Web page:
I get asked to be in a photo (4-3 to Al) and we watch people pour water over a statue of a boy using a cup on a long bamboo pole. It makes me think of Vic and Bob. Al is encouraged by the locals to have a go which she does with much laughter.

The main temple is high up with views across to the pagoda and glimpses of the lake through the trees.

Next we stroll round nearby Taiziwan park which has been artifically landscaped to the extent of having concrete trees! The brides don’t seem to care.

Back in town we go to a restaurant to have dongpo pork aka Chairman Maos pork (he loved it) as Hangzhou is where the dish was invented (by poet and politician and cook Su Dongpo). We had this dish in Qufu and loved it. We also order ‘during the song dynasty fish soup’ and the ‘shrimp detonation eel back’. With so much expectation the pork is, of course, a disappointment. Dry and meaty with not enough melting fat. Eel is good though.

Back home for the first of two Skype appointments with family as the wifi is good here. It’s great to be able to see how everyone is.

Before the second call we head to Carrefour for tea and honey but spot they have red wine on offer. We buy a cheap french red which later turns out to be delicious. We spot 6 foot sugarcane in the veg section and in the ‘fish’ section we see live frogs, terrapins and turtles. 

On the walk home I realise that street scenes now feel familiar and less alien. Dodging bikes, mopeds and people’s washing while walking on a pavement seems perfectly normal and something I’ve always done.

14.11.16 Shanghai to Hangzhou

The scaffolding outside our hostel is being dismantled by a bloke with a pair of wire cutters. Lengths of wire and piles of bamboo litter the street. 

The rain of yesterday and the increase in temperature means it’s really humid this morning. Weather you definitely don’t want to carry a heavy rucksack through, onto a subway, in a city of 24 million people, at rush hour. The crush thins as we head out of the centre and my sweat dries. 

We visit an ATM …. also known as a CRM in China.

Today we’re on a Z class train. It’s the cheap ticket, cattle class, hurley burly, lived in train. The last few we have taken have been sleek G class bullet trains which are more expensive. Today’s fellow passengers look far more interesting than G class punters. Fashions are more garish, suitcases are more broken in and voices are coarser. A man carries a plastic box full of chicken eggs on a wooden pole, ladies in sequined knitwear scream and cackle at each other, a young lad stares unemotionally at his son who keeps thumping him. Our train number disappears and is replaced by red characters. I look around but no one seems bothered. The time to board comes and goes but no one seems bothered. Al goes up to the board and Google translates it. ‘Train delayed. Time unknown’. It turns out to be only 30 minutes. We sit with a young woman who speaks excellent English and an older lady who speaks English too. We chat for some time and are asked – where are we from? Where are we going? What are we going to do in Hangzhou? How old are we? What is my job? Is she your wife? We answer and smile. 

We arrive at Hangzhou which is the final stop and as doors only open at one end and we are at the other, we have to walk the entire length and witness all of the carnage. The carriage is a bombsite with litter everywhere. Tin cans, plastic bottles, newspapers, food cartons, sunflower seed shells and despite no smoking, cigarette ends. Every section of seating has litter discarded in it. As I step off, the inevitable cleaning lady is getting on. I wish her luck.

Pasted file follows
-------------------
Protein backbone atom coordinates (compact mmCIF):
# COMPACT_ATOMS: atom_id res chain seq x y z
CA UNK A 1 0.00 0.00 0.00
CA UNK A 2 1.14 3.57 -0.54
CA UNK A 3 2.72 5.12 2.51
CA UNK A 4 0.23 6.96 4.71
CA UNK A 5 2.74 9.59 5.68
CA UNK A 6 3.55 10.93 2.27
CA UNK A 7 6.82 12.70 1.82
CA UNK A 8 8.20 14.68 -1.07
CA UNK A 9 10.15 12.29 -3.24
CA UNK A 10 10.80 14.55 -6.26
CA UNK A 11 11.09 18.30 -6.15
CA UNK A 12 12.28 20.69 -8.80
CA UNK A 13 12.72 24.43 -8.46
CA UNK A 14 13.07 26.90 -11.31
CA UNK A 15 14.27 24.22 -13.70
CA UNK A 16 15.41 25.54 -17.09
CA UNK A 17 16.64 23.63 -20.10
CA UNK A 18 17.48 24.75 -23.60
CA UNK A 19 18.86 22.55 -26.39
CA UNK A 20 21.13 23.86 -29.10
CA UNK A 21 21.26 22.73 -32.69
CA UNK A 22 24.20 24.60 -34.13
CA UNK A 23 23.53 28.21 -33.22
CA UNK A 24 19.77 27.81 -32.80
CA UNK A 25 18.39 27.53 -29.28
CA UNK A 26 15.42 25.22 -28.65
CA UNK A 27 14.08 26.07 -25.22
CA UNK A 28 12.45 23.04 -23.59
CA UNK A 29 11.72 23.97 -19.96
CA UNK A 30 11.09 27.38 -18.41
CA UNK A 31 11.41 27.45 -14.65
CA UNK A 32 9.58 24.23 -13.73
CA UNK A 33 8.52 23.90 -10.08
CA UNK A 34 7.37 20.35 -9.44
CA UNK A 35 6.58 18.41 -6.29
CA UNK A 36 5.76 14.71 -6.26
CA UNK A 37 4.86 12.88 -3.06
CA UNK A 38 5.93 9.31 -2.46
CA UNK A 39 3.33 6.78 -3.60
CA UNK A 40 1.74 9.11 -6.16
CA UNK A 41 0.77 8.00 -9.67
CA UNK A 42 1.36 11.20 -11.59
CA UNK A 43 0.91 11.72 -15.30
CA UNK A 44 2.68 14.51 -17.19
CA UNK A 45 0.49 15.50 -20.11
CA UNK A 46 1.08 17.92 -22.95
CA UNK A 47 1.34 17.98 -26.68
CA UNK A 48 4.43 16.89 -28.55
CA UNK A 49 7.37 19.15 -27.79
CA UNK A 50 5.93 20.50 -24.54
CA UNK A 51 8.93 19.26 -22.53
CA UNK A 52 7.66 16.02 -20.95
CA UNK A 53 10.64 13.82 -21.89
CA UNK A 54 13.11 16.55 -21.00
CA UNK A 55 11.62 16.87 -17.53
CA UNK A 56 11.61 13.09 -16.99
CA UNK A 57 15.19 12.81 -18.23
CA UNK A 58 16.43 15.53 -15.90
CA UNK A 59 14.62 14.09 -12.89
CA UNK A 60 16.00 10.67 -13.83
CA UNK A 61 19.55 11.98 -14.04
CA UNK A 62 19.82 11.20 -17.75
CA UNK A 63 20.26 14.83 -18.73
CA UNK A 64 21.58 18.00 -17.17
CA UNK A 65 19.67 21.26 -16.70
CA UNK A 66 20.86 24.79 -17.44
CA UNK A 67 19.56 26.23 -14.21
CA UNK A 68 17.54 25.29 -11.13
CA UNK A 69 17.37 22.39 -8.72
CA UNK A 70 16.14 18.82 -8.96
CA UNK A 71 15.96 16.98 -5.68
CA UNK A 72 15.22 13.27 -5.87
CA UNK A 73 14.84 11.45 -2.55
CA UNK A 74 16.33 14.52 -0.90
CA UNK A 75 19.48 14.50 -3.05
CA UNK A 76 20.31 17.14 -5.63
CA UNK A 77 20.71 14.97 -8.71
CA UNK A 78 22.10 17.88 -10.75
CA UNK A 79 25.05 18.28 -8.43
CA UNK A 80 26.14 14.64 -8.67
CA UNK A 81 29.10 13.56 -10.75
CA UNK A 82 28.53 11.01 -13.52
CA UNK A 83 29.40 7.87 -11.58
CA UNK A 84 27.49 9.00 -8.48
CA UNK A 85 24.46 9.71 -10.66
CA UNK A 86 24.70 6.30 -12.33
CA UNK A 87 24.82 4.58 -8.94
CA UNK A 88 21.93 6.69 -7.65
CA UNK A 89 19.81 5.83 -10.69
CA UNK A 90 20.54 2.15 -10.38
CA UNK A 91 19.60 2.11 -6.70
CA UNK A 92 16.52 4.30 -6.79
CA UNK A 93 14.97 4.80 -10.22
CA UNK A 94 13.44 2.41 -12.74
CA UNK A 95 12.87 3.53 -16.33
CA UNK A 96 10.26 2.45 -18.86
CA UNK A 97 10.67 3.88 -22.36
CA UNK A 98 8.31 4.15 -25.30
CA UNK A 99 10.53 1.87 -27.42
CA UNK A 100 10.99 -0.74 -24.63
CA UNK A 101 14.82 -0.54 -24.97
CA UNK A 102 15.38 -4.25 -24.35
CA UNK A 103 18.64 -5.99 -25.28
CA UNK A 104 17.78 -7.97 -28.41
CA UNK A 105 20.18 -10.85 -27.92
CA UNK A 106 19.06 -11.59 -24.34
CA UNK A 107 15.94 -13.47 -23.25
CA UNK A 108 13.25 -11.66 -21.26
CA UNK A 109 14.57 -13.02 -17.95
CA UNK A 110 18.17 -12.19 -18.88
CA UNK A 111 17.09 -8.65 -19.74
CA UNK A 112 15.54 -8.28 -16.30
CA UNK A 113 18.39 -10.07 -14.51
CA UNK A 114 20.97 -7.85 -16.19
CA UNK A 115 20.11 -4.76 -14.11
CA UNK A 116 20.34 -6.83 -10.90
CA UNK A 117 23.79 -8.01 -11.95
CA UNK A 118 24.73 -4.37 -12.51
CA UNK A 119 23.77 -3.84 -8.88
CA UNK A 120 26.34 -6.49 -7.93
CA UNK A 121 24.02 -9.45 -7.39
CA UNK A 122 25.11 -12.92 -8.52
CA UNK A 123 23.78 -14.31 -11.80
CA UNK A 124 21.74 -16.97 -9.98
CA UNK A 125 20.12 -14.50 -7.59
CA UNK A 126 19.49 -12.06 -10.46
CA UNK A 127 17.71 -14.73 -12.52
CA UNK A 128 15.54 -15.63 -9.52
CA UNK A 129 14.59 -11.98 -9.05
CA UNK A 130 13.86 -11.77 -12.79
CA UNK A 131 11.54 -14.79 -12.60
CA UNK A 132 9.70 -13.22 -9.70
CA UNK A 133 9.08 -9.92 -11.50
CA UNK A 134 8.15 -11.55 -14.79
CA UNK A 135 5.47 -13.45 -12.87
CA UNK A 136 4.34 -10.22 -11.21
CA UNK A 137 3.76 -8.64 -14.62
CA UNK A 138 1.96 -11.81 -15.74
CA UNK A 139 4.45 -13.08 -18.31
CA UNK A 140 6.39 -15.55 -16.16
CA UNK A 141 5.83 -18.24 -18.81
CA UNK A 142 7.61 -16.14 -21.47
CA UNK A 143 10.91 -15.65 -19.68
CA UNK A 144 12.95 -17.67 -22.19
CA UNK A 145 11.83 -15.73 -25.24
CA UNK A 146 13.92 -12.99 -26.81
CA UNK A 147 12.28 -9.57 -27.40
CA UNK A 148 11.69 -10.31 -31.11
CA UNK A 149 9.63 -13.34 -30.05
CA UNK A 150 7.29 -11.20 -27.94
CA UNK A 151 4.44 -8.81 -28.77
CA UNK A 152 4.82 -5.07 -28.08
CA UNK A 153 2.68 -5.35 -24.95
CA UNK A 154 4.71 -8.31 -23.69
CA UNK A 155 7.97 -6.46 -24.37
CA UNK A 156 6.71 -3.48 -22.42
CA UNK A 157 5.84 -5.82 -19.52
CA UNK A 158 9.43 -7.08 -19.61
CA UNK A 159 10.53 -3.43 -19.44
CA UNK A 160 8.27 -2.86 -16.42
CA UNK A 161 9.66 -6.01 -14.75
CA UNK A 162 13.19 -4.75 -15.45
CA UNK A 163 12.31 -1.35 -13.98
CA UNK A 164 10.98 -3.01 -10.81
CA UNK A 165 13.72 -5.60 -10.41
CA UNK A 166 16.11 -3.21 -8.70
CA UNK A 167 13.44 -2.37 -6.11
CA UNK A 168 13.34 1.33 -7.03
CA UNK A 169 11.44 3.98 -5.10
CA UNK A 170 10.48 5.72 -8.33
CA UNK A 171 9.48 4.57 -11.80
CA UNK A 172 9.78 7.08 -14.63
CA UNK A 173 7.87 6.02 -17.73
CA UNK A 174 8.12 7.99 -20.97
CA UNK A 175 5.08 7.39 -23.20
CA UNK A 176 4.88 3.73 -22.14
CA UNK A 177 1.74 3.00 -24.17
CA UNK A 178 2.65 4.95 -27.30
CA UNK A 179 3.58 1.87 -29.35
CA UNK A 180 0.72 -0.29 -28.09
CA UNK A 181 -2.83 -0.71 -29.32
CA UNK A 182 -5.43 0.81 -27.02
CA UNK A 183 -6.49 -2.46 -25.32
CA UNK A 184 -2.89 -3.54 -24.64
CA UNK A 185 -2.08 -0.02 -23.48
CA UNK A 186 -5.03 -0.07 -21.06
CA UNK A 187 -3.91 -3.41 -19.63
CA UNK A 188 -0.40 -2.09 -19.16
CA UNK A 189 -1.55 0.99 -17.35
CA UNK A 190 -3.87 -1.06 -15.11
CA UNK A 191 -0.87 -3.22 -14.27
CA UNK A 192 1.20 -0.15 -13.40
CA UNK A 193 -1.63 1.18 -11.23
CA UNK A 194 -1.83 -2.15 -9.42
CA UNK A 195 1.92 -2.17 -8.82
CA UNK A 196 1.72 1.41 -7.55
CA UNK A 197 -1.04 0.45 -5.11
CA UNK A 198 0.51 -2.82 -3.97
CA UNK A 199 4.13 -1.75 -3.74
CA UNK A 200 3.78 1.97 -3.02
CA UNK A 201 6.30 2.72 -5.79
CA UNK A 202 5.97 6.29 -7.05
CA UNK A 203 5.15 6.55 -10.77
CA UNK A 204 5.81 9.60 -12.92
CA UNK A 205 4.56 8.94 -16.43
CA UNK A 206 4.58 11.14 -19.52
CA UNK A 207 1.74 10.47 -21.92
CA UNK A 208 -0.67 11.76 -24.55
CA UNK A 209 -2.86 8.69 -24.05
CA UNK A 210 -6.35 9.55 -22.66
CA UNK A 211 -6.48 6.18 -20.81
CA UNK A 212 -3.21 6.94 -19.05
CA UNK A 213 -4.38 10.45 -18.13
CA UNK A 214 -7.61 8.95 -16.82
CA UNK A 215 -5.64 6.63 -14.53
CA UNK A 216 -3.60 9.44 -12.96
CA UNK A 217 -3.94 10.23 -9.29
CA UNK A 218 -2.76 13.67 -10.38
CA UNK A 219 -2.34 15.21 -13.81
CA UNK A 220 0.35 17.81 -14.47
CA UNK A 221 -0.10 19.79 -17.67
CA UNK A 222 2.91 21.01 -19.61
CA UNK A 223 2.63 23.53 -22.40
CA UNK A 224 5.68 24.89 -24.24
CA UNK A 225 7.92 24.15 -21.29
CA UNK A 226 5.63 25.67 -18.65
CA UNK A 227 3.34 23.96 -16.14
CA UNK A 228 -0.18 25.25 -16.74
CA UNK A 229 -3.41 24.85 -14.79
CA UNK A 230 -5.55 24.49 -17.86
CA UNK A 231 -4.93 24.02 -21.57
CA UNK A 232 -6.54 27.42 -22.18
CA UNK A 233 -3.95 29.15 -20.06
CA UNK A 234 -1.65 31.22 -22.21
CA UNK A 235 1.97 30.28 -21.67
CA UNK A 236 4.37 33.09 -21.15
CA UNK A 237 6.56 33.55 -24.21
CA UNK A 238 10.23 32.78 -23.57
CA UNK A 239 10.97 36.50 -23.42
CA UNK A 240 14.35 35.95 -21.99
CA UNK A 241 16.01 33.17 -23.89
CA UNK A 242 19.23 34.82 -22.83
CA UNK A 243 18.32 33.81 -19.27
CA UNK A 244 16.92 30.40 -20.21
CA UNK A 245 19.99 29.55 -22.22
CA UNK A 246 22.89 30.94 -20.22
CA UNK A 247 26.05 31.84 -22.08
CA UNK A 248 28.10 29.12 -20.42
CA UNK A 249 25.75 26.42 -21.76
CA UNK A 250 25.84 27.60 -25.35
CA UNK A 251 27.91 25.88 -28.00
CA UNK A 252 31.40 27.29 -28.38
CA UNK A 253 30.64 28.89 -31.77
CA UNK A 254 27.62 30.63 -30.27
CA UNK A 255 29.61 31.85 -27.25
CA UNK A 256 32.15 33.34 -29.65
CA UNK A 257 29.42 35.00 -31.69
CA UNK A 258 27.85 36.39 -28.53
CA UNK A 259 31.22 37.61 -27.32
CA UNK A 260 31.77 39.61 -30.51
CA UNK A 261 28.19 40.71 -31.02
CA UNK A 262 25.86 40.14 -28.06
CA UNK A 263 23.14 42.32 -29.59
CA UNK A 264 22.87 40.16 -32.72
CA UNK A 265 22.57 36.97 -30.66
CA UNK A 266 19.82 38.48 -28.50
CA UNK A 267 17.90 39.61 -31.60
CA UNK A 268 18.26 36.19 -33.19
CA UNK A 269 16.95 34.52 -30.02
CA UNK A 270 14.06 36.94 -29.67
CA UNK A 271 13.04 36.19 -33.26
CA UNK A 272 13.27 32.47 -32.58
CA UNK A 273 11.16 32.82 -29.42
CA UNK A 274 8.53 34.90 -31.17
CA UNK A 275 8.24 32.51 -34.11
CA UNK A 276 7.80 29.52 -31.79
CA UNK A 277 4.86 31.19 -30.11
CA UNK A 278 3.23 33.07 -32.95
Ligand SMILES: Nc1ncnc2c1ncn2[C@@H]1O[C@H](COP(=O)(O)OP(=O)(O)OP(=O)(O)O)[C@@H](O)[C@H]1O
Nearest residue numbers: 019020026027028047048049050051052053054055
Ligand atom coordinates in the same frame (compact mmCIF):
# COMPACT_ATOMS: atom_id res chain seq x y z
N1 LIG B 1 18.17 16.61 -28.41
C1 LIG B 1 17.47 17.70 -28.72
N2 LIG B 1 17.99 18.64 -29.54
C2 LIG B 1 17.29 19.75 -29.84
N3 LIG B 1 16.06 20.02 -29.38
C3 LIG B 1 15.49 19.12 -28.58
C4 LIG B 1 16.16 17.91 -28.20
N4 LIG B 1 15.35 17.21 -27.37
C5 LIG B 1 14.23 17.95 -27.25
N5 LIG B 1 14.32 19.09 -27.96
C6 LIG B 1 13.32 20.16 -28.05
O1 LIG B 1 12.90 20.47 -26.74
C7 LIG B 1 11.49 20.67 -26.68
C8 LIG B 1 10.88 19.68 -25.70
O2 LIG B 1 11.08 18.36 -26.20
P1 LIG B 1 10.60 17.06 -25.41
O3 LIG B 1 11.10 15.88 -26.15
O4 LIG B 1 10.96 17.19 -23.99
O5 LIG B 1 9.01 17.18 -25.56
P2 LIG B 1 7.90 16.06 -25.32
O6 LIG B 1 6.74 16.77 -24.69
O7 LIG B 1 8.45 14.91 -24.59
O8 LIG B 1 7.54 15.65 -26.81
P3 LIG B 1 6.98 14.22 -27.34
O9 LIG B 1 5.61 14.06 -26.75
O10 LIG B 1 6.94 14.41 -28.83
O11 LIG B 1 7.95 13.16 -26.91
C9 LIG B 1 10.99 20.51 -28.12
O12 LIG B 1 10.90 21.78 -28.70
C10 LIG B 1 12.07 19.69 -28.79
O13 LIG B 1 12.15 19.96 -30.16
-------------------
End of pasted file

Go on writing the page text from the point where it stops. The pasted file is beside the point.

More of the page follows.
Hangzhou was the capital of the Southern Song dynasty after 1126 and Marco Polo visited here describing it as a beautiful city. It’s a major tourist site for the Chinese and our hostel is just off the bustling, redeveloped, tourist area. We are becoming used to the redevelopment of history in China and less resistant to its charms. The area is lovely to stroll around, with upturned pagoda roofs and winding narrow alleyways to explore. There are many tourists and many tourist shops. Tea, snacks, sweets, notebooks, tea sets, calligraphy sets, flutes, hats, selfie sticks, plastic kids toys. An emporium of unnecessary trinkets which are essential on holiday. We find snack street where 40 metres of tiny food stalls are maned by women. Duck leg, garlic aubergine, rice and meat dumplings and fried rice are devoured whilst checking out what else could be eaten. Al is asked to hold a baby and photoed.  4-2 to her. 

We walk down to the west lake which is the main draw card.  We cross through a lovely park beforehand, which seems very atmospheric with the humid, low cloud. As with Nanjing, you can’t see the other side of the lake and we’re both shocked by the air quality. 

Tired from Shanghai we sit on a bench until uncomfortable from the multitude of insects flying around us and we head back. We cross a coach park where boisterous day trippers wait for their ride home. The atmosphere has an edge like the british seaside can have. Young men in cheap fashion swagger their egos along the main drag with toothpicks or cigarettes casually hanging from their mouths with Hollywood machismo. They stare at us with cold eyes. 

I try the tv in the room and find an historical fairytale chinese kung fu soap opera love story teen fiction show. I’m hooked and make up my own plot. It goes on and on and on , the plot thickens but goes nowhere. Suddenly, out of nowhere, it finishes and I’m watching a girl review a Sichuan restaurant. Time for bed.